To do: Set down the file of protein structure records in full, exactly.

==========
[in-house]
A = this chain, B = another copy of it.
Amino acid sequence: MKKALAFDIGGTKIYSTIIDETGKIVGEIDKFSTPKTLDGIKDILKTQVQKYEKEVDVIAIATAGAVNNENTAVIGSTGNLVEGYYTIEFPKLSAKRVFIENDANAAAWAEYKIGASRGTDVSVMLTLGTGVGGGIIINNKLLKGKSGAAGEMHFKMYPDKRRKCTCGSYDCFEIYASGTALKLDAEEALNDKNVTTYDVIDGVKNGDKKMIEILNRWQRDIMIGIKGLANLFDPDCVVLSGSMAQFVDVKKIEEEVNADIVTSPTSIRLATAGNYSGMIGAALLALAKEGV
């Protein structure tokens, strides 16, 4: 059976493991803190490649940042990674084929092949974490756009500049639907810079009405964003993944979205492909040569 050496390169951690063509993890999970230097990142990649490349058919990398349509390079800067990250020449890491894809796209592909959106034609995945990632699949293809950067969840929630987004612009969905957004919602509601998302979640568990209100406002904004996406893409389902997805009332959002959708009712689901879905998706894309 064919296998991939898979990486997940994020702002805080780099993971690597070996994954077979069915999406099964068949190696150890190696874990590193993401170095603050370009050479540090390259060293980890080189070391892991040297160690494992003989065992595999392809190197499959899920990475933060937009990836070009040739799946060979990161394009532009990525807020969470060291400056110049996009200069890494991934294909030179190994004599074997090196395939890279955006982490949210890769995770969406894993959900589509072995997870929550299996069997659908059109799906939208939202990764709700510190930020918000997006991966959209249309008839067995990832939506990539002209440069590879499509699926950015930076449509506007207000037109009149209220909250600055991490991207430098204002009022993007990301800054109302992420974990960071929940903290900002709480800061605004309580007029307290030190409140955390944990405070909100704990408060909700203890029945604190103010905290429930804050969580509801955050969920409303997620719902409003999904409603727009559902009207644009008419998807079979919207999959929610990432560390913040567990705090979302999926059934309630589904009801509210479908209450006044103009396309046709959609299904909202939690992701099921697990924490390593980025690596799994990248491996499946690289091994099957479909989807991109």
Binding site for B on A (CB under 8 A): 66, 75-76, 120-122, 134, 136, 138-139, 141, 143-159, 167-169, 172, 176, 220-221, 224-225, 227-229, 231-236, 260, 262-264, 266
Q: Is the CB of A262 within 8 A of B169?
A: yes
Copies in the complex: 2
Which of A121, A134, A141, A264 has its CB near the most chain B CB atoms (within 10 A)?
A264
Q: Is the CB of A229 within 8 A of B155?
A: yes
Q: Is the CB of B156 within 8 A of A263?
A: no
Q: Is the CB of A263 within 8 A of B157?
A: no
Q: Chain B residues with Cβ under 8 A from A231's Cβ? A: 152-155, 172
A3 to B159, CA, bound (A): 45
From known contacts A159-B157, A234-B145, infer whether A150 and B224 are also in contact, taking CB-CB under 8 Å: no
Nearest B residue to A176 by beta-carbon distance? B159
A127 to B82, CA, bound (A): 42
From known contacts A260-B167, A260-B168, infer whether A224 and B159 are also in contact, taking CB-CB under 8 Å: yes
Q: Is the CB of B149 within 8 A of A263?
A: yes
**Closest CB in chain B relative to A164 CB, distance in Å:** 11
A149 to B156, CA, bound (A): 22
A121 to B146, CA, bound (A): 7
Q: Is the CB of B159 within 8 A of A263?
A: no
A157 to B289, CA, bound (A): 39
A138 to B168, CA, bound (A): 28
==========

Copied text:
[in-house]
A = this chain, B = another copy of it.
Amino acid sequence: MKKALAFDIGGTKIYSTIIDETGKIVGEIDKFSTPKTLDGIKDILKTQVQKYEKEVDVIAIATAGAVNNENTAVIGSTGNLVEGYYTIEFPKLSAKRVFIENDANAAAWAEYKIGASRGTDVSVMLTLGTGVGGGIIINNKLLKGKSGAAGEMHFKMYPDKRRKCTCGSYDCFEIYASGTALKLDAEEALNDKNVTTYDVIDGVKNGDKKMIEILNRWQRDIMIGIKGLANLFDPDCVVLSGSMAQFVDVKKIEEEVNADIVTSPTSIRLATAGNYSGMIGAALLALAKEGV
């Protein structure tokens, strides 16, 4: 059976493991803190490649940042990674084929092949974490756009500049639907810079009405964003993944979205492909040569 050496390169951690063509993890999970230097990142990649490349058919990398349509390079800067990250020449890491894809796209592909959106034609995945990632699949293809950067969840929630987004612009969905957004919602509601998302979640568990209100406002904004996406893409389902997805009332959002959708009712689901879905998706894309 064919296998991939898979990486997940994020702002805080780099993971690597070996994954077979069915999406099964068949190696150890190696874990590193993401170095603050370009050479540090390259060293980890080189070391892991040297160690494992003989065992595999392809190197499959899920990475933060937009990836070009040739799946060979990161394009532009990525807020969470060291400056110049996009200069890494991934294909030179190994004599074997090196395939890279955006982490949210890769995770969406894993959900589509072995997870929550299996069997659908059109799906939208939202990764709700510190930020918000997006991966959209249309008839067995990832939506990539002209440069590879499509699926950015930076449509506007207000037109009149209220909250600055991490991207430098204002009022993007990301800054109302992420974990960071929940903290900002709480800061605004309580007029307290030190409140955390944990405070909100704990408060909700203890029945604190103010905290429930804050969580509801955050969920409303997620719902409003999904409603727009559902009207644009008419998807079979919207999959929610990432560390913040567990705090979302999926059934309630589904009801509210479908209450006044103009396309046709959609299904909202939690992701099921697990924490390593980025690596799994990248491996499946690289091994099957479909989807991109």
Binding site for B on A (CB under 8 A): 66, 75-76, 120-122, 134, 136, 138-139, 141, 143-159, 167-169, 172, 176, 220-221, 224-225, 227-229, 231-236, 260, 262-264, 266
Q: Is the CB of A262 within 8 A of B169?
A: yes
Copies in the complex: 2
Which of A121, A134, A141, A264 has its CB near the most chain B CB atoms (within 10 A)?
A264
Q: Is the CB of A229 within 8 A of B155?
A: yes
Q: Is the CB of B156 within 8 A of A263?
A: no
Q: Is the CB of A263 within 8 A of B157?
A: no
Q: Chain B residues with Cβ under 8 A from A231's Cβ? A: 152-155, 172
A3 to B159, CA, bound (A): 45
From known contacts A159-B157, A234-B145, infer whether A150 and B224 are also in contact, taking CB-CB under 8 Å: no
Nearest B residue to A176 by beta-carbon distance? B159
A127 to B82, CA, bound (A): 42
From known contacts A260-B167, A260-B168, infer whether A224 and B159 are also in contact, taking CB-CB under 8 Å: yes
Q: Is the CB of B149 within 8 A of A263?
A: yes
**Closest CB in chain B relative to A164 CB, distance in Å:** 11
A149 to B156, CA, bound (A): 22
A121 to B146, CA, bound (A): 7
Q: Is the CB of B159 within 8 A of A263?
A: no
A157 to B289, CA, bound (A): 39
A138 to B168, CA, bound (A): 28